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Foreign students' battle for Britain

Overseas pupil numbers tumble as tough new visa rules restrict entry into the UK. Martin Whittaker reports

Businessman Mohammed Shabir enjoyed his days at Willesden college of technology back in the Eighties. So when his nephew in Pakistan wanted to become a computer service engineer, he had no hesitation recommending his old alma mater, now part of the College of North West London.

Mr Shabir offered to support his nephew while studying in the UK and paid half of his annual college fee up front. Last April, 20-year-old Muhammad Malik was granted a visa and is now enrolled at the college studying IT.

But he only got there after his uncle spent nearly pound;2,000 waging a year-long battle with British Embassy officials in Islamabad.

When Mr Shabir supplied evidence to visa staff they refused to accept it and accused him of faking documents. On interviewing his nephew in May 2004, entry clearance officers refused to make a couple of phone calls to validate the documents.

Following protests from Mr Shabir's solicitor and his MP Sarah Teather, the officials granted Muhammad Malik a further interview last October. "They agreed the documents were valid, but said his English was not good enough and that I did not have enough funds to support him, which is untrue," said Mr Shabir.

"They asked him questions like 'why did your uncle choose the college? Why didn't you choose one yourself?' But many families have a tradition of studying in the same place." His nephew's case was upheld at an appeals tribunal in April.

Muhammad Malik is one of the lucky ones. The College of North West London says ever-tightening visa regulations are making it increasingly difficult for foreign students to get in.

Numbers of overseas students at the college dropped from 600 in 2002 to barely 300 last year. Students from Nigeria, Ghana, The Gambia and Pakistan are reporting increasing visa refusals this academic year.

The largest group among its international students have come from Jamaica, but in three years these numbers have fallen from 120 to just 24 students.

With foreign students paying nearly pound;4,000 a year in fees, the dwindling numbers have seriously hit the college's income.

The college says the loss of international students has also cut back on industry links abroad, as well as the chance to share different perspectives and cultures.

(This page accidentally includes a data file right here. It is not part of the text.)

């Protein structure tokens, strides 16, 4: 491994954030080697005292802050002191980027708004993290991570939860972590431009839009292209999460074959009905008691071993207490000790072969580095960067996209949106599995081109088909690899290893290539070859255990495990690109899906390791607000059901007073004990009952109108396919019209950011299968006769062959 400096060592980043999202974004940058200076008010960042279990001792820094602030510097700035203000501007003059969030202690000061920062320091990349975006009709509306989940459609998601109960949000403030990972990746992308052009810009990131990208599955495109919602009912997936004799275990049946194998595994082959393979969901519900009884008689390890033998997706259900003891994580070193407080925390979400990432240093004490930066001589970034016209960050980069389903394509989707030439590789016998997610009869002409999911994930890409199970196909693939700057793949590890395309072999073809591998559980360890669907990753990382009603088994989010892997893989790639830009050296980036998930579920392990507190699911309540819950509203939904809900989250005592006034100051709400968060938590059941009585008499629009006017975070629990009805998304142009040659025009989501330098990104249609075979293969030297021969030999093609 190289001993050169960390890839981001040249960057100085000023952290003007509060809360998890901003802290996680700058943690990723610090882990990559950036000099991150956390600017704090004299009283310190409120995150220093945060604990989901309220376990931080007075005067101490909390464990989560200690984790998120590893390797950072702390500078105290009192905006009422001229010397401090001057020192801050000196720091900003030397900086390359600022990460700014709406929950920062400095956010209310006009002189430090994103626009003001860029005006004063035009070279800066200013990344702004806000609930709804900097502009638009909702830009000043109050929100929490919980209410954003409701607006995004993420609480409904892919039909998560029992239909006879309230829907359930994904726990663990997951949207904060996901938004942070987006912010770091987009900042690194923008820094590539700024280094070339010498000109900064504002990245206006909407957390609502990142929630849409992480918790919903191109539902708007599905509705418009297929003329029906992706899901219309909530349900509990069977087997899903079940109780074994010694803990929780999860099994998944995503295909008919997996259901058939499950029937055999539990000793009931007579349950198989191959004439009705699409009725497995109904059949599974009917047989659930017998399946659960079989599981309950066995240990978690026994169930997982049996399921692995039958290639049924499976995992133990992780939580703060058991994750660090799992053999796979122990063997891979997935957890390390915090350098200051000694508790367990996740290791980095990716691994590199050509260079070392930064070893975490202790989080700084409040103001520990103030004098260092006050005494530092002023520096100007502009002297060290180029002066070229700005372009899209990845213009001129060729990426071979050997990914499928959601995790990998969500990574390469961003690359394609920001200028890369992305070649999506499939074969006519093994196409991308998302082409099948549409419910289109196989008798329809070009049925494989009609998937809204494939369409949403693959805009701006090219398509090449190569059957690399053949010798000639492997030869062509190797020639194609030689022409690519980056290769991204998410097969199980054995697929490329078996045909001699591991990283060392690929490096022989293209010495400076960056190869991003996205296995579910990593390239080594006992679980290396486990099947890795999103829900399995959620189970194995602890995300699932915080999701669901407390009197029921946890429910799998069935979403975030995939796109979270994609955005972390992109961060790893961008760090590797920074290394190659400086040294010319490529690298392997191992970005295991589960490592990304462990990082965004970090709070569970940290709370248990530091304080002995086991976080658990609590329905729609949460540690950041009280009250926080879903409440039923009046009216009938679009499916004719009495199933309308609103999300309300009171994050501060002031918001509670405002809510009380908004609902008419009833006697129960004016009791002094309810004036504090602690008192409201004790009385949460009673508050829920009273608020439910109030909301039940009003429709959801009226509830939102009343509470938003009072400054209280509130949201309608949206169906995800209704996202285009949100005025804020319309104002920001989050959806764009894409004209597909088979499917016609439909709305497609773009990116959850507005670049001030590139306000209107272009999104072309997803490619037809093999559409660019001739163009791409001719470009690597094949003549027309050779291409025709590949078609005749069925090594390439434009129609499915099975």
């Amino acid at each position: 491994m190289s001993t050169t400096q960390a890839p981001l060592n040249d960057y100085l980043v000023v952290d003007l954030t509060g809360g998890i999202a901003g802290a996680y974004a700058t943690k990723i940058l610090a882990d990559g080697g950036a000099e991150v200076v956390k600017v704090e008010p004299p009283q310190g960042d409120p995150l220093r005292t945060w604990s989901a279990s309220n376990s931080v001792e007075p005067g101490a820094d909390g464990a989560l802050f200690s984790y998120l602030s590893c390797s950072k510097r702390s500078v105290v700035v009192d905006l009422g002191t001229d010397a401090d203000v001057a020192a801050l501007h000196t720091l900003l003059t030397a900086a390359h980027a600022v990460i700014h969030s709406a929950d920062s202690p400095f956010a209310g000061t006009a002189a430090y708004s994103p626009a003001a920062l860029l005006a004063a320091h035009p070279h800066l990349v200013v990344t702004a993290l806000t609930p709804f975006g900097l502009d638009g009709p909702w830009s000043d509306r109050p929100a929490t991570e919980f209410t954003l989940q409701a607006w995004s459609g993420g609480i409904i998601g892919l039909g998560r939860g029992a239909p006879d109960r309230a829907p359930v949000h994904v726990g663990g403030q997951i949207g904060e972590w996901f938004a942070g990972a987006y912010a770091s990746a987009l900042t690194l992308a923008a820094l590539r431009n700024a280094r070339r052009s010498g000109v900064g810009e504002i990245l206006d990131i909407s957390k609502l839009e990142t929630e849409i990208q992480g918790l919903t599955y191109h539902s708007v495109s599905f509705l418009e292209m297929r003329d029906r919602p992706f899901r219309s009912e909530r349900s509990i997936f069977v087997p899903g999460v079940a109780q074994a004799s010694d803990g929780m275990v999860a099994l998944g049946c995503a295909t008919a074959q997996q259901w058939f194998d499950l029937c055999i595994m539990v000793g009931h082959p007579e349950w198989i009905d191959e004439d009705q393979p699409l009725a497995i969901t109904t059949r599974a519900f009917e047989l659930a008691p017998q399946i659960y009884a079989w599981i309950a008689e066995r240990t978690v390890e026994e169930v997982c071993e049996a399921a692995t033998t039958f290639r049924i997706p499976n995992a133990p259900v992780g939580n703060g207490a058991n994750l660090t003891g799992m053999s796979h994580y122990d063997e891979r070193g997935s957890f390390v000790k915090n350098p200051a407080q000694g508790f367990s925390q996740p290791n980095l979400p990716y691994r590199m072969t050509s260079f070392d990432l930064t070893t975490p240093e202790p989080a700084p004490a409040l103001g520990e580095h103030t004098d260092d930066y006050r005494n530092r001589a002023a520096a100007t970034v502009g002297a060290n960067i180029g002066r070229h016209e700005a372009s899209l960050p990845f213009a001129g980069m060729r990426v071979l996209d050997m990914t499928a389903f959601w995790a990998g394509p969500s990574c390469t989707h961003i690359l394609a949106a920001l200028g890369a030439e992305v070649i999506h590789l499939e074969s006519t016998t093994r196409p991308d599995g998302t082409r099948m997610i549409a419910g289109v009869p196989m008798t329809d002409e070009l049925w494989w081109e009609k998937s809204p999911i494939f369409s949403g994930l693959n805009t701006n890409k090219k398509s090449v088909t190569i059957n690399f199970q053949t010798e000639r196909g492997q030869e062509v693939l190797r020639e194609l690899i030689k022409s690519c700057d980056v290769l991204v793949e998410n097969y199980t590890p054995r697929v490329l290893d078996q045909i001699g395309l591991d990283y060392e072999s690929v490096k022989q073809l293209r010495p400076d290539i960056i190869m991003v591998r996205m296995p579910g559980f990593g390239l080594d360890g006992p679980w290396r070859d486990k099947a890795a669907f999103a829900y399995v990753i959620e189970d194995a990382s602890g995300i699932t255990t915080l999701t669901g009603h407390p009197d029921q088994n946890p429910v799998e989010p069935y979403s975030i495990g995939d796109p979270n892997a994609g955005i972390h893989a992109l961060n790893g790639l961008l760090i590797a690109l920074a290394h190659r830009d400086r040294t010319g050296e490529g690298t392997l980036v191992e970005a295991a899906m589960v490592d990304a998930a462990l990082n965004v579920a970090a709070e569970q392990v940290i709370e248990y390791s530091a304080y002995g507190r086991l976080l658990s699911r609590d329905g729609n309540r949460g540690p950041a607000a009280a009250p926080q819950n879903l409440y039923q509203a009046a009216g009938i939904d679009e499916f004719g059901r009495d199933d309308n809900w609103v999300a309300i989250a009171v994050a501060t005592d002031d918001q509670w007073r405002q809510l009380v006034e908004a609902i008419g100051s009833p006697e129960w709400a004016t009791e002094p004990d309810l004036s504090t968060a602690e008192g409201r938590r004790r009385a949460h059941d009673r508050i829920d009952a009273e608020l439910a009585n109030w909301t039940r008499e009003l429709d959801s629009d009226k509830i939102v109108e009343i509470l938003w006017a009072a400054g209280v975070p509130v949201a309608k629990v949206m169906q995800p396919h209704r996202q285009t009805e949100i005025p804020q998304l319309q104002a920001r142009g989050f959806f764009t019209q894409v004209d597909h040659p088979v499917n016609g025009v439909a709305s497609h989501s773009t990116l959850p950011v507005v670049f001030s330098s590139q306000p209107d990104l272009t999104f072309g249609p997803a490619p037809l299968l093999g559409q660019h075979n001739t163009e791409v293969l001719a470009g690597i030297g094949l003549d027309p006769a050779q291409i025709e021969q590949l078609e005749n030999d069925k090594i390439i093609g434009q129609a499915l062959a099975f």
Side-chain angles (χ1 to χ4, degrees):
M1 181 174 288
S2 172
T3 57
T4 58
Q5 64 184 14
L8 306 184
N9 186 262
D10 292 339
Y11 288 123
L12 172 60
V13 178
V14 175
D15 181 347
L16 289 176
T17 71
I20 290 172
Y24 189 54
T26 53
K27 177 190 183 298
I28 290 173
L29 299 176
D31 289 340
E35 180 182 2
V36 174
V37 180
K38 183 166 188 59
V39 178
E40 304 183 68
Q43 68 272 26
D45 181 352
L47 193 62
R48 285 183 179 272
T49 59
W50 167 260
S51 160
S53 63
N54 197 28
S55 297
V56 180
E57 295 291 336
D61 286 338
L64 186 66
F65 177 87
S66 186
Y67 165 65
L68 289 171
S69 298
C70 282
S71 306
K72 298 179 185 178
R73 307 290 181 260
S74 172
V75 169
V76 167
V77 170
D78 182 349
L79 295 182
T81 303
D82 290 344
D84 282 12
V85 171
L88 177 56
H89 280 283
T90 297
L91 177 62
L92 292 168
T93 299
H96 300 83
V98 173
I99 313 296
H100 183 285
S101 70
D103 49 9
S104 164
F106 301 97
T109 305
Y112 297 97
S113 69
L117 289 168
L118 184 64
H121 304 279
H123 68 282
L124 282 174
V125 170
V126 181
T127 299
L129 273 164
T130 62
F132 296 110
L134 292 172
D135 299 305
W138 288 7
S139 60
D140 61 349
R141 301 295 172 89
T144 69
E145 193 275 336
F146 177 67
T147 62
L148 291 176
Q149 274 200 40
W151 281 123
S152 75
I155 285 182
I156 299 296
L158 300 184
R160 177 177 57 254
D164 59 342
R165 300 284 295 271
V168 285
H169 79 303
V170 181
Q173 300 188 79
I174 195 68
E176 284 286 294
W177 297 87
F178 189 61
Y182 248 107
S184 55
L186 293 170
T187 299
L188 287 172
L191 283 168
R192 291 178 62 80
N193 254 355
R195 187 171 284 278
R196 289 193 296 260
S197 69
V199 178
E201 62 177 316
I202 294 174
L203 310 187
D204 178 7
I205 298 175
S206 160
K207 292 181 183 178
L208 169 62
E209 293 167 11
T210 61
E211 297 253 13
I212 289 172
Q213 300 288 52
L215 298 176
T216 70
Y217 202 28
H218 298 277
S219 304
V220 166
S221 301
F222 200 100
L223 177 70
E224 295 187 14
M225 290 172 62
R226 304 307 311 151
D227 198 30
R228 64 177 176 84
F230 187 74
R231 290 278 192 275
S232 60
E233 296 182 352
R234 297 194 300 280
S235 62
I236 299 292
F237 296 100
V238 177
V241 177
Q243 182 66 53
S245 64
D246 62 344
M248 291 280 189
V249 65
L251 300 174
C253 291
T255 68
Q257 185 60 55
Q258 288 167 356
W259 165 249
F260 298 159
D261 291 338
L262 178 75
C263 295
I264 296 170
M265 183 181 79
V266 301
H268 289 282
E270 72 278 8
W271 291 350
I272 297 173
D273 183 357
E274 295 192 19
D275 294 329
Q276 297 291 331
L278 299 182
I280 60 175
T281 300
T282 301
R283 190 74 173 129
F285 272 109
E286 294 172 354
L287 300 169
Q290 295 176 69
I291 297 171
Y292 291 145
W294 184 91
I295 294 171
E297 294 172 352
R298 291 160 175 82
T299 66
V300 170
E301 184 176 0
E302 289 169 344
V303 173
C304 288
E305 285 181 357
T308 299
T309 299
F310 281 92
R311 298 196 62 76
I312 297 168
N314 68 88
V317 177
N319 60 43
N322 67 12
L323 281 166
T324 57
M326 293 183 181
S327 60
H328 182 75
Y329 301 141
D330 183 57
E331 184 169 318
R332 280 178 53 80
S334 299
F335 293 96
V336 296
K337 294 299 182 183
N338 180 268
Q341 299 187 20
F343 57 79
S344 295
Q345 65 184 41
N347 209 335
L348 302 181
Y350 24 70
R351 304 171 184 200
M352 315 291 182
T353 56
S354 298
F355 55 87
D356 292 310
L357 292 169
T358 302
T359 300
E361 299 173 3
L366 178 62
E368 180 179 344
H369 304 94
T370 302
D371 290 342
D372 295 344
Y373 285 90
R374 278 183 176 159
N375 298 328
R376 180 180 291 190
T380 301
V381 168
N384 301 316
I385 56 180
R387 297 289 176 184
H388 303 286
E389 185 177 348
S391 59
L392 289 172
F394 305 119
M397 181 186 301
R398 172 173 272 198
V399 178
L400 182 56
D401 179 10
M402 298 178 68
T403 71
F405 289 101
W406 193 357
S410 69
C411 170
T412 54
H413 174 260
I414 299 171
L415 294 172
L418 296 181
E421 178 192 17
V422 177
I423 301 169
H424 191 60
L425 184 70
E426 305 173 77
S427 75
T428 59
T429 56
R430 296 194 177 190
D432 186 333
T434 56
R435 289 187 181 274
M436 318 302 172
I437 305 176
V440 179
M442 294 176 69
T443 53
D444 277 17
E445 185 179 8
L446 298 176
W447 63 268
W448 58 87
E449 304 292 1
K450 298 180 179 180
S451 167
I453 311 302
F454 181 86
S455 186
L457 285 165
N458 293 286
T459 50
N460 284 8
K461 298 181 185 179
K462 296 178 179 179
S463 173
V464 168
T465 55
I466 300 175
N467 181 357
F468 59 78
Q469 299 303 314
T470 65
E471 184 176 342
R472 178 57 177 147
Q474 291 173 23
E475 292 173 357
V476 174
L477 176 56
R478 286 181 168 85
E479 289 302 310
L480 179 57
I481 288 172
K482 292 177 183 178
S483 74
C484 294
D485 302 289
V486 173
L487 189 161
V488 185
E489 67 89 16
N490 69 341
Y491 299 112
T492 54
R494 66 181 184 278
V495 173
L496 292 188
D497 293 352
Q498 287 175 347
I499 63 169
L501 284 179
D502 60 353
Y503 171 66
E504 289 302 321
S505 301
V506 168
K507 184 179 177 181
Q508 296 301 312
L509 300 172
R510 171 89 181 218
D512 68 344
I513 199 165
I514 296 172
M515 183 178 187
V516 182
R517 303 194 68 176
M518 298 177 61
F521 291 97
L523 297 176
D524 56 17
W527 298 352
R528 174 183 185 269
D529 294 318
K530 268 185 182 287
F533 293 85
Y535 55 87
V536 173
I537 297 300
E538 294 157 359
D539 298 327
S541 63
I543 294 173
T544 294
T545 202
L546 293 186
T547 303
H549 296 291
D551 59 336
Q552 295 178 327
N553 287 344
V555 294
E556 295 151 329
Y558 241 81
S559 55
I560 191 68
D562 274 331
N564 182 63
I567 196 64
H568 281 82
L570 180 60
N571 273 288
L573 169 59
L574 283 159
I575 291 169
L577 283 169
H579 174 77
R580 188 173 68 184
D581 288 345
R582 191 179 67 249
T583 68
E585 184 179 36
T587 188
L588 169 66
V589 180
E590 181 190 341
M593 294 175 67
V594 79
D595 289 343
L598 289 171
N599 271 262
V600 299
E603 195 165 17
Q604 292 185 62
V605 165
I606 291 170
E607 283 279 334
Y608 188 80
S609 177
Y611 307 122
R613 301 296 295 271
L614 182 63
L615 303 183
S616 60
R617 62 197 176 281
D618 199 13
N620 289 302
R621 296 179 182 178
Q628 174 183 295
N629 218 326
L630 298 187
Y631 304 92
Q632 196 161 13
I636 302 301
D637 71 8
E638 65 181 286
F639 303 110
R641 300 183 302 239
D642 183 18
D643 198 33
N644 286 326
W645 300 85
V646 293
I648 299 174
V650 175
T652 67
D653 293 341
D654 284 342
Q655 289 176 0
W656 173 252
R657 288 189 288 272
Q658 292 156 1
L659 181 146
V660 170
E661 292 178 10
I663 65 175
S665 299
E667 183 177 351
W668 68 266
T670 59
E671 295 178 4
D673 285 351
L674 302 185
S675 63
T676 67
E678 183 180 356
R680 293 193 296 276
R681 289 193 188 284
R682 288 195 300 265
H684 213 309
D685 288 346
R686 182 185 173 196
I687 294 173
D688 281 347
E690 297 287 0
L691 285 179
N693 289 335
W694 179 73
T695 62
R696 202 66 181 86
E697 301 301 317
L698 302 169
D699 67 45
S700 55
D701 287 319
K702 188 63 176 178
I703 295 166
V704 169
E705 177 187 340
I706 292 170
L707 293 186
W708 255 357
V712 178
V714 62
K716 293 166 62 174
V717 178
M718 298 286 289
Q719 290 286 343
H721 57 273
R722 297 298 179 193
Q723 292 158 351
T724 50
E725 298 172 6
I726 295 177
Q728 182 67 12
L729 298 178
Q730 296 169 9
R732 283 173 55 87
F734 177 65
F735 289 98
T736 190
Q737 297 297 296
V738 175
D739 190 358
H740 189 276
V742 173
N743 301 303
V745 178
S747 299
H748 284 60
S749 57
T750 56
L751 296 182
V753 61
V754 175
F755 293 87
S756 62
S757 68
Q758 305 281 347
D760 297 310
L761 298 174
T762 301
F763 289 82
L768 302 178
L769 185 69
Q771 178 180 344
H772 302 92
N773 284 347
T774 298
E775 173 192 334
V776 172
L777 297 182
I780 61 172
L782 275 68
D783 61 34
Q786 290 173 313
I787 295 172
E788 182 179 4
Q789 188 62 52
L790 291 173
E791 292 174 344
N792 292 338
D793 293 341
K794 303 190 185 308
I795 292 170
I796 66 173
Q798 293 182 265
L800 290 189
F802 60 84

Maria Lonergan, the college's international student liaison officer, said visa appeal cases are on the increase. Some students from West Africa were refused visas and had to wait up to two years before they could take up college places following successful appeals.

"We have had 100 students who were refused visas this year alone," she said.

"They are given all kinds of reasons and sometimes they are very silly.

Sometimes I hear things like 'the college isn't a genuine college'. We are the biggest college in London. We are taking steps to change this now. We are going to have watermarked paper, making sure we have all the right logos and that we are listed as a government-funded college on the paperwork."

In 1999, Tony Blair launched an initiative to establish the UK as a world leader in international education. His aim was to increase international student numbers by 50,000 in higher education and 25,000 further education students by the year 20042005, targets which were achieved early.

The Department for Education and Skills' international strategy is to further expand numbers of foreign students in the UK, and foster education links abroad.

Last year, though, some colleges reported a 60 per cent fall in overseas enrolments.

Principals blamed the fall on government measures to curb potential abuse of the visa system and higher prices for visas.

One major issue has been that, in some countries, entry clearance officers have made the wrong decisions on educational grounds, often because they do not understand further education.

Examples include some FE colleges accused of not being approved institutions, students being told that their English was not good enough to do the course when they were hoping to study English, and officials refusing to believe that a student could take a higher-level course at an FE college.

College principals and university vice-chancellors have lobbied the Government, protesting that a range of measures tightening up on visas have given out the cumulative message that foreign students are not welcome.

Jo Clough, the Association of Colleges' international director, said the Government is now listening following the launch of a joint education "task force" reporting to Home Office minister Tony McNulty.

"A lot of progress has been made and I'm very encouraged," she said. "We've now got channels of communication with the Home Office and UK Visas and they do appear to be bending over backwards to listen to us."

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